The Baltimore City Planning Commission on Thursday voted wholeheartedly to approve the design of the Rotunda redevelopment project, giving developer Hekemian & Co. the go-ahead to break ground in late May or early June.
"Go forth and build," commission Chairman Wilbur Cunningham told Chris Bell, a Hekemian senior vice president, after the 8-0 vote, with one member absent.
"It feels great to have this behind us," Bell said.
"This is really the first and last body of Baltimore City required to pass this," said City Councilwoman Mary Pat Clarke, who testified at the hearing. Clarke said City Council approval is not required. The city's Urban Design and Architectural Review Panel has already given final approval with amendments, but the UDARP vote was a recommendation to the Planning Department.
Hekemian officials now must sign a traffic mitigation agreement with the city Department of Transportation before they can pull building permits, for which they have already applied. Traffic plans include a new light in front of the Rotunda entrance at 711 W. 40th St., and improvements to nearby intersections, including Falls Road and 41st Street.
The target date for completion of the redevelopment project is summer 2015, Bell said.
The roughly $100 million mixed-use project calls for 382 apartments, 182,000 square feet of additional retail and 153,000 square feet of office space, according to a Planning Commission project statement released Thursday. The interior of the mall — which has been struggling for years to survive — would be closed and storefronts would be turned outward, facing a central plaza.
Bell told the Planning Commission, Hekemian is close to a deal with a boutique grocer to replace the longtime Giant supermarket that departed last year. He did not name a grocer, but the leading candidate is believed to Graul's, a local upscale grocery chain.
"Graul's Market and Hekemian are still negotiating and negotiations are progressing," Dennis Graul, president of Graul's Markets Inc., said in an email Saturday.
Bell told the Planning Commission that no lease agreements have been signed as yet. Hekemian is also negotiating with four restaurant firms, ranging from sit-down restaurants to eateries, as well as other businesses, Bell said. He specifically mentioned an Asian restaurant and a national health club chain as being considered for the mix of possible tenants.
The project is significantly scaled back from an original $180 million proposal that called for a 22-story apartment building and a hotel. The project has been talked about since at least the mid-2000s. Hekemian formed a citizens' advisory task force of residents in the communities surrounding the mall, but the project went on the back burner in 2008, due to lack of financing in a bad economy. The task force was revived last year and the scaled-back plan was presented.
Planning Commission approval came Thursday despite testimony from a Hampden resident, who complained that she and other residents who live near the mall were not notified of community meetings about the project.
"I speak for a lot of people," testified Dawn Kacey, of the 900 block of West 38th Street. She said many residents oppose the project because, "People on 38th will be looking up at this mass. We're losing our sky. We're losing our sun. We're losing our open space."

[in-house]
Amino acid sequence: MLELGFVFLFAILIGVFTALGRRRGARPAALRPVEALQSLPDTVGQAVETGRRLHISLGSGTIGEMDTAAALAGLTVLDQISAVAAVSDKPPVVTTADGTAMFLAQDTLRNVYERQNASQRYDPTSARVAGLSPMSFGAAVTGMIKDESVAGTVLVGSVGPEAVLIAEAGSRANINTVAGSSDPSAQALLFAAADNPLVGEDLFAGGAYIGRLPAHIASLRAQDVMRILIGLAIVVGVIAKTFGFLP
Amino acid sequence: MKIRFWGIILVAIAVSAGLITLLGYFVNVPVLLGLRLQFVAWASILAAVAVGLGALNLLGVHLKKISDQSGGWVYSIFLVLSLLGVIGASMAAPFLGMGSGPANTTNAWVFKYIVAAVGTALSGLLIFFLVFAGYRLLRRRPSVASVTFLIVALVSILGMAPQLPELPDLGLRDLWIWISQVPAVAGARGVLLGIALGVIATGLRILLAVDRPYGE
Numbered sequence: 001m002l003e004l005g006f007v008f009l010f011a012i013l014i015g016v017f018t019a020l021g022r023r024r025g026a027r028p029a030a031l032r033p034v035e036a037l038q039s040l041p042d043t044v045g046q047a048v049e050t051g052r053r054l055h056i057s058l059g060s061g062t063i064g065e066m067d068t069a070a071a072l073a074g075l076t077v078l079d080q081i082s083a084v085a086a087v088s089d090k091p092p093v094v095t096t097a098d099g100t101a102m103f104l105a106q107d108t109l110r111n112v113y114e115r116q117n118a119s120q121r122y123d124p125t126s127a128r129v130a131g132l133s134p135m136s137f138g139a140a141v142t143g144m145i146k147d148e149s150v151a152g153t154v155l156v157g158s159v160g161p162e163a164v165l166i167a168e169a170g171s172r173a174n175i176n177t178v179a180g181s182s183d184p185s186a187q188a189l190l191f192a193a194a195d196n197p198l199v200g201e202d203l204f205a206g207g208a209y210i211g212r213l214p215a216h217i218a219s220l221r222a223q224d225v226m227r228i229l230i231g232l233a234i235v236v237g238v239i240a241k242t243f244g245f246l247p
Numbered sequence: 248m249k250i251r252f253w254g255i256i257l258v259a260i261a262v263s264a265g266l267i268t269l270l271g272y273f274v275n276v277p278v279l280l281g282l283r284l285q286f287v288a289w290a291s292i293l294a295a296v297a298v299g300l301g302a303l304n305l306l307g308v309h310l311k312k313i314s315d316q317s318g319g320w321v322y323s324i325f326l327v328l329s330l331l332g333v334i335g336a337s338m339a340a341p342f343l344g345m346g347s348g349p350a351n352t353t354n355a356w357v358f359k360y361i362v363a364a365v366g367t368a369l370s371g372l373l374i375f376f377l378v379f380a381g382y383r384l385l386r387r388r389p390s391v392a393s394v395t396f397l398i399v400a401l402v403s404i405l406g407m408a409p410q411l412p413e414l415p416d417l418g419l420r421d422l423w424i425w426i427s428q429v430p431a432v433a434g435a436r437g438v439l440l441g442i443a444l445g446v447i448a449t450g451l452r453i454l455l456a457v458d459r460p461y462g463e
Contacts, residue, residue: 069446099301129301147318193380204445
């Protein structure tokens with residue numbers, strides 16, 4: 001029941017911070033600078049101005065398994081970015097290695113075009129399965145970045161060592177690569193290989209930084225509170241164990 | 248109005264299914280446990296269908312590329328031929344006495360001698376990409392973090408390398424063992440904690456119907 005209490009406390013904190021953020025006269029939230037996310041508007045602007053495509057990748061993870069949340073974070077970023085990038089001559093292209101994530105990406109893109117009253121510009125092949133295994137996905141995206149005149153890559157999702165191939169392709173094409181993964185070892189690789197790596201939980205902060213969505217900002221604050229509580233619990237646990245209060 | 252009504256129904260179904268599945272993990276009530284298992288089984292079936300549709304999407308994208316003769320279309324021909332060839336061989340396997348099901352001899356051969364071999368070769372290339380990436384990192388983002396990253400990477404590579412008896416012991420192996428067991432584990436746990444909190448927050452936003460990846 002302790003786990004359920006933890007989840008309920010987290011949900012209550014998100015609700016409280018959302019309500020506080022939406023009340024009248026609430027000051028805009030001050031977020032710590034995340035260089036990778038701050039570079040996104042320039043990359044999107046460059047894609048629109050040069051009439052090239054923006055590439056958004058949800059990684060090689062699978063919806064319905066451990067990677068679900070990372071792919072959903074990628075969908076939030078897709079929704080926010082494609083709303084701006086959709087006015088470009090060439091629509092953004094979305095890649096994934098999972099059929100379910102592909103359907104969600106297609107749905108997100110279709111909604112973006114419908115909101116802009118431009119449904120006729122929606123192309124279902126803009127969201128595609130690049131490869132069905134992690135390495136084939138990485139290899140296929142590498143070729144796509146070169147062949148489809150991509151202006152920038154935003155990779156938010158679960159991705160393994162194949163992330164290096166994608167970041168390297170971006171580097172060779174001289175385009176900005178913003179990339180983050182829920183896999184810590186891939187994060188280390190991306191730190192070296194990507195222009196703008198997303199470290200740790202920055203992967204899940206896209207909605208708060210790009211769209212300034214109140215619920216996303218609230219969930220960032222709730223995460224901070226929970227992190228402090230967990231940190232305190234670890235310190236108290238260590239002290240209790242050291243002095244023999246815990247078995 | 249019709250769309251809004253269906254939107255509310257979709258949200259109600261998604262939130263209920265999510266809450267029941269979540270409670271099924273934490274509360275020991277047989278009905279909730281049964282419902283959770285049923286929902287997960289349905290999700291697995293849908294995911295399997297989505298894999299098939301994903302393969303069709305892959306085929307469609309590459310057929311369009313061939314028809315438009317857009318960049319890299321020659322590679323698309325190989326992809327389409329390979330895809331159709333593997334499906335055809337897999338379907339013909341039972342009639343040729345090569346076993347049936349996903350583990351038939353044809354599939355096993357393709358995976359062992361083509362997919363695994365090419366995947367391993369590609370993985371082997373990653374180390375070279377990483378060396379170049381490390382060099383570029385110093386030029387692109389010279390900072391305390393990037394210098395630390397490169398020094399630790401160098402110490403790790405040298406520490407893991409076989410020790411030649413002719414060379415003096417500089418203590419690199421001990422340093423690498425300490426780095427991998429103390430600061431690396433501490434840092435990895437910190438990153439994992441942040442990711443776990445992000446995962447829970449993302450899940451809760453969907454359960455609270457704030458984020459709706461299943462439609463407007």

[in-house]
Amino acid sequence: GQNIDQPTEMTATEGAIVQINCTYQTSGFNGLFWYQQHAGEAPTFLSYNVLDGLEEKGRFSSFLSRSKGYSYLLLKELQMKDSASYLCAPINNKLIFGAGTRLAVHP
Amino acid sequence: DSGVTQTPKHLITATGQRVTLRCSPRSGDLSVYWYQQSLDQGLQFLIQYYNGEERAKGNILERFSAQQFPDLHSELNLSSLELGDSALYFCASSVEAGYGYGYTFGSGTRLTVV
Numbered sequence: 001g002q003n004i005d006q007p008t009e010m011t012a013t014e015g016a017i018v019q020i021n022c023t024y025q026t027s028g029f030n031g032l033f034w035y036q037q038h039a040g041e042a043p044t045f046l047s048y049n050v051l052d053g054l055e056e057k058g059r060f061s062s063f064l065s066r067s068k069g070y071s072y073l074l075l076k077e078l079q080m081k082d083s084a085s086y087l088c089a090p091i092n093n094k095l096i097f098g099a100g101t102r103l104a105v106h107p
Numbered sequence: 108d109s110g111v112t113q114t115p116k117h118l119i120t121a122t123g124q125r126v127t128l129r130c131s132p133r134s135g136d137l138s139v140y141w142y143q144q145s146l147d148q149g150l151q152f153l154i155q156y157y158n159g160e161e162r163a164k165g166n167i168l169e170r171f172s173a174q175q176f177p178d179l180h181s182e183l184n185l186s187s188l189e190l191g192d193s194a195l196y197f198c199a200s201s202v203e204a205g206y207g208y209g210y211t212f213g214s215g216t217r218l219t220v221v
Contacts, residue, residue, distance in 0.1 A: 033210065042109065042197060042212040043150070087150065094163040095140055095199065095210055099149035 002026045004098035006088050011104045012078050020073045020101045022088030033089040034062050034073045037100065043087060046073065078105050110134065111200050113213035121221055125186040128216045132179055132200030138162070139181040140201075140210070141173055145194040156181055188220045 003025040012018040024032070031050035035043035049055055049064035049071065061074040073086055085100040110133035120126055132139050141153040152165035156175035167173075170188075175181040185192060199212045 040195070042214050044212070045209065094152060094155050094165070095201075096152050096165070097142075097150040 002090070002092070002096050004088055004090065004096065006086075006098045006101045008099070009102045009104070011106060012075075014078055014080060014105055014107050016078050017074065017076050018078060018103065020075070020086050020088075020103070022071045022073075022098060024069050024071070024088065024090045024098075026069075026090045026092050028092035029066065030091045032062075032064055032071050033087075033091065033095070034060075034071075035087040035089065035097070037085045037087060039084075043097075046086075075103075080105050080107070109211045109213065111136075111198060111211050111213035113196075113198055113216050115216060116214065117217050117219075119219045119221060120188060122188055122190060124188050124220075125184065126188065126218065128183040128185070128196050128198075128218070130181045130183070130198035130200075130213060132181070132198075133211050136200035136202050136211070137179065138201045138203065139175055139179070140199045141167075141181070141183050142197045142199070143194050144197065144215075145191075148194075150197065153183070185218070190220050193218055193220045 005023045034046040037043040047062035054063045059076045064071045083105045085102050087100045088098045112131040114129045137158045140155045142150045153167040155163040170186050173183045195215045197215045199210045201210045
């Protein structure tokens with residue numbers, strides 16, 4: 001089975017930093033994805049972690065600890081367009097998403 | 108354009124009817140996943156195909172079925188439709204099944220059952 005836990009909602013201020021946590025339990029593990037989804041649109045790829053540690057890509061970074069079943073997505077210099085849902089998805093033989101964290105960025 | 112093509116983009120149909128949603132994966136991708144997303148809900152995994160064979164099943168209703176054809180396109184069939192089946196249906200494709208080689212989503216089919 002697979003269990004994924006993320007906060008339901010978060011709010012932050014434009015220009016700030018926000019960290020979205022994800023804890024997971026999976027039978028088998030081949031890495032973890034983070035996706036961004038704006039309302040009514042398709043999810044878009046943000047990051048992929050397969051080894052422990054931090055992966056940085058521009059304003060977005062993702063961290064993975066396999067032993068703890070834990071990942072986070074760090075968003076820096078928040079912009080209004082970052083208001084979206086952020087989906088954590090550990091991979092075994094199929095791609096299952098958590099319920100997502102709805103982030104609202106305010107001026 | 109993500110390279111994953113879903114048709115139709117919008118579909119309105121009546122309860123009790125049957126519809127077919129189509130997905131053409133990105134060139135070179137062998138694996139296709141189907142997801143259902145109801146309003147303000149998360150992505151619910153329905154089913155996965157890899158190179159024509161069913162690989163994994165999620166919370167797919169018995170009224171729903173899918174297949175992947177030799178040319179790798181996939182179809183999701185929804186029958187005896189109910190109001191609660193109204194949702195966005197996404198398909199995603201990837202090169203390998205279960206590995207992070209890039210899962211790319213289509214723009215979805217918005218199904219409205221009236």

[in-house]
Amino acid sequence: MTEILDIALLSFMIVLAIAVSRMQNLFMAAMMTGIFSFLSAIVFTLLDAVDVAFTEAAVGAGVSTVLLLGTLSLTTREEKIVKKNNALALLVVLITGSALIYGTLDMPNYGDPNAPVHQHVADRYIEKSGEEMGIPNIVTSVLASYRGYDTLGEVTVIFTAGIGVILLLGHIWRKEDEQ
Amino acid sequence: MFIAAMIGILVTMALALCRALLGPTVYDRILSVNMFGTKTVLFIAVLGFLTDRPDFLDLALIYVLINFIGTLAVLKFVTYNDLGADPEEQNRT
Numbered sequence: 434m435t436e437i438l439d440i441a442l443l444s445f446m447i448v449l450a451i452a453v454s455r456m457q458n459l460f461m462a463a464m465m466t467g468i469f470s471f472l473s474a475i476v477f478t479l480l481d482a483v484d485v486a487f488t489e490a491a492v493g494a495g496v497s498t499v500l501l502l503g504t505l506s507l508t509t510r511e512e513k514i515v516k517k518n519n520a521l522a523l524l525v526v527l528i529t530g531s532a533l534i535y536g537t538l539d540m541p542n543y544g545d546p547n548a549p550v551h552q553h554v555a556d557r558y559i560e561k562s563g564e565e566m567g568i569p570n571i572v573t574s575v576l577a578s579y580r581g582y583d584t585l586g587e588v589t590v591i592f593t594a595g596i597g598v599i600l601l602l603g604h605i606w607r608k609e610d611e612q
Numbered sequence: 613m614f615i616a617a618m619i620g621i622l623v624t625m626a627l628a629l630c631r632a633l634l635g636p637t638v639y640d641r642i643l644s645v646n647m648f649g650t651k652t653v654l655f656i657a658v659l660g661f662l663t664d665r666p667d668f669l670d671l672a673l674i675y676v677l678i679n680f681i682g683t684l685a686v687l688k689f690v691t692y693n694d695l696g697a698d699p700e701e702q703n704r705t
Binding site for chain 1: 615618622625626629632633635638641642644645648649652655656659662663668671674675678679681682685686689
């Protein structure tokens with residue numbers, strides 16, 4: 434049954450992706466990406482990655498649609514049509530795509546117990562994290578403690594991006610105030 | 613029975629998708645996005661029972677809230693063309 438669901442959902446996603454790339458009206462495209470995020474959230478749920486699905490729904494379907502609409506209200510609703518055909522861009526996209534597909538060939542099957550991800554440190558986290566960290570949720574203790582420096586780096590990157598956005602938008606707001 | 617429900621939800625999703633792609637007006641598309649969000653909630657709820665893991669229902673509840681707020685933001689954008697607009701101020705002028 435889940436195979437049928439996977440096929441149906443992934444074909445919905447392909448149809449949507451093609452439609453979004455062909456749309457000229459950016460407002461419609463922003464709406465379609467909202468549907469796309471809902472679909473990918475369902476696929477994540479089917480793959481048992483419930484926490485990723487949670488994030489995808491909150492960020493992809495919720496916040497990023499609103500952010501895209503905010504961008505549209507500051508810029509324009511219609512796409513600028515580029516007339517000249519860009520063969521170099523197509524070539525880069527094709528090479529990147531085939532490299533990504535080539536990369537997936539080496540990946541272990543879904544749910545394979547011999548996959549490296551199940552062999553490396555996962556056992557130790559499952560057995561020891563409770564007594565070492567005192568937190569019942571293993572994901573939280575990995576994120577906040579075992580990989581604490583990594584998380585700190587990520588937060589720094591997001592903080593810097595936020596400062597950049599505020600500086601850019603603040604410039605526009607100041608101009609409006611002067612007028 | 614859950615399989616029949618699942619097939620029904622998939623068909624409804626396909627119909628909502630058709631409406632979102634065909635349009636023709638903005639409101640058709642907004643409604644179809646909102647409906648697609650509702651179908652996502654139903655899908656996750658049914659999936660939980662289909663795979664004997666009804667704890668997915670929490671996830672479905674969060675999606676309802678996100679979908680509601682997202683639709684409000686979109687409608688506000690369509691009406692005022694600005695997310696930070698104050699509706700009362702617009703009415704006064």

Bell, Clarke and Katie-Rose Imbriano, a city planner, told the commission that Hekemian has reached out to residents throughout the area since 2005, including the task force and the Hampden Community Council.
Cunningham noted that Kacey was the only person to testify at the hearing, either for or against the project.
"You're the only person I see here that has an issue," Cunningham said.
The Medfield Community Association sent a letter of support to the commission.
However, Clarke told commissioners there have been complaints about the scale of the project and its impact on residents like Kacey, who live in row houses across the street from the back parking lot of the Rotunda at the southern perimeter of the 11-acre property.
"I believe there are some residents who are still unhappy about this," Clarke testified. "I'm not going to say there's a consensus that everything is OK."
But at a community meeting in the Rotunda on Wednesday, the focus for a crowd of 75 residents was to create a new city Residential Parking Permit area to mitigate potential parking problems on Elm Ave and 38th Street, once the mall is redeveloped.
Resident Genny Dill, a leader of that effort, warned at the Wednesday meeting that although she thinks the Rotunda project will bring night life and excitement to the area, "It's also going to add cars."
Dill said her sense is that most residents support the project overall, or at least are resigned to it.
"We just want to get it done," she said.
The Planning Commission removed the last hurdle, agreeing with the Planning Department's recommendation to approve the project.
"This is an absolutely fabulous project," said Planning Director Thomas Stosur. He complimented Hekemian on "one of the most extensive outreach processes" he has seen.
"I personally think this is a great project," Cunningham said.
Commissioner Benjamin Glenn, a builder, said Hekemian officials "want to help improve our city and make our city a better place."